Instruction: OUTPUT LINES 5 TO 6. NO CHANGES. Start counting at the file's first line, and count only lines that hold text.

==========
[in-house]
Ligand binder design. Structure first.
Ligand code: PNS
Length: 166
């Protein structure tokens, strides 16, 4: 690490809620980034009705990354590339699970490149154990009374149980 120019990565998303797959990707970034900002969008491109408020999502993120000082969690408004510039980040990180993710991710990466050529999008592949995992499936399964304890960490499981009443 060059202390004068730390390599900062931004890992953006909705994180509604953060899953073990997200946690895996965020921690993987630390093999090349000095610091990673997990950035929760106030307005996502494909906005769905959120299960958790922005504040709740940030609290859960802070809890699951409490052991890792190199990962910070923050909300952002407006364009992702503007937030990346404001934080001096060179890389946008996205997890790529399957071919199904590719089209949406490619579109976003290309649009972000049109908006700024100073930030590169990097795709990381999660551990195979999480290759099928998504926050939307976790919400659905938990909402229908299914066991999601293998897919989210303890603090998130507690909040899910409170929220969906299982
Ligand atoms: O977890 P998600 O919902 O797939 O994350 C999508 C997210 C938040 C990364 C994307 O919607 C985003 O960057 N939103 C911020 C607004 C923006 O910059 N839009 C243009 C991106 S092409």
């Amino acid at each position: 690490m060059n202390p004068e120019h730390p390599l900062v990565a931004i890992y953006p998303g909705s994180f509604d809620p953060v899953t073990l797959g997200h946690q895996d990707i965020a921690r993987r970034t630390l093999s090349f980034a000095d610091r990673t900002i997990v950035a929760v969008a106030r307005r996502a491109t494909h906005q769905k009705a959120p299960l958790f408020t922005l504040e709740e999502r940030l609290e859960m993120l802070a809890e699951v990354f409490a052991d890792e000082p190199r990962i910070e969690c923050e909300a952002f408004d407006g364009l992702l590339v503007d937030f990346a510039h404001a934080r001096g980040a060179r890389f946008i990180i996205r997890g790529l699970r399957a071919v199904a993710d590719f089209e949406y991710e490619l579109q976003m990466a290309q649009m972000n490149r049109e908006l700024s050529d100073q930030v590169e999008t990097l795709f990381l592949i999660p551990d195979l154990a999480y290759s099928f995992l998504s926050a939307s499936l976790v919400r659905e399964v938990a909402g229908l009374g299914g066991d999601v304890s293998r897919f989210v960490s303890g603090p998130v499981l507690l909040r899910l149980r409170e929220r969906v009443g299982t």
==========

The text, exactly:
């Protein structure tokens, strides 16, 4: 690490809620980034009705990354590339699970490149154990009374149980 120019990565998303797959990707970034900002969008491109408020999502993120000082969690408004510039980040990180993710991710990466050529999008592949995992499936399964304890960490499981009443 060059202390004068730390390599900062931004890992953006909705994180509604953060899953073990997200946690895996965020921690993987630390093999090349000095610091990673997990950035929760106030307005996502494909906005769905959120299960958790922005504040709740940030609290859960802070809890699951409490052991890792190199990962910070923050909300952002407006364009992702503007937030990346404001934080001096060179890389946008996205997890790529399957071919199904590719089209949406490619579109976003290309649009972000049109908006700024100073930030590169990097795709990381999660551990195979999480290759099928998504926050939307976790919400659905938990909402229908299914066991999601293998897919989210303890603090998130507690909040899910409170929220969906299982
Ligand atoms: O977890 P998600 O919902 O797939 O994350 C999508 C997210 C938040 C990364 C994307 O919607 C985003 O960057 N939103 C911020 C607004 C923006 O910059 N839009 C243009 C991106 S092409």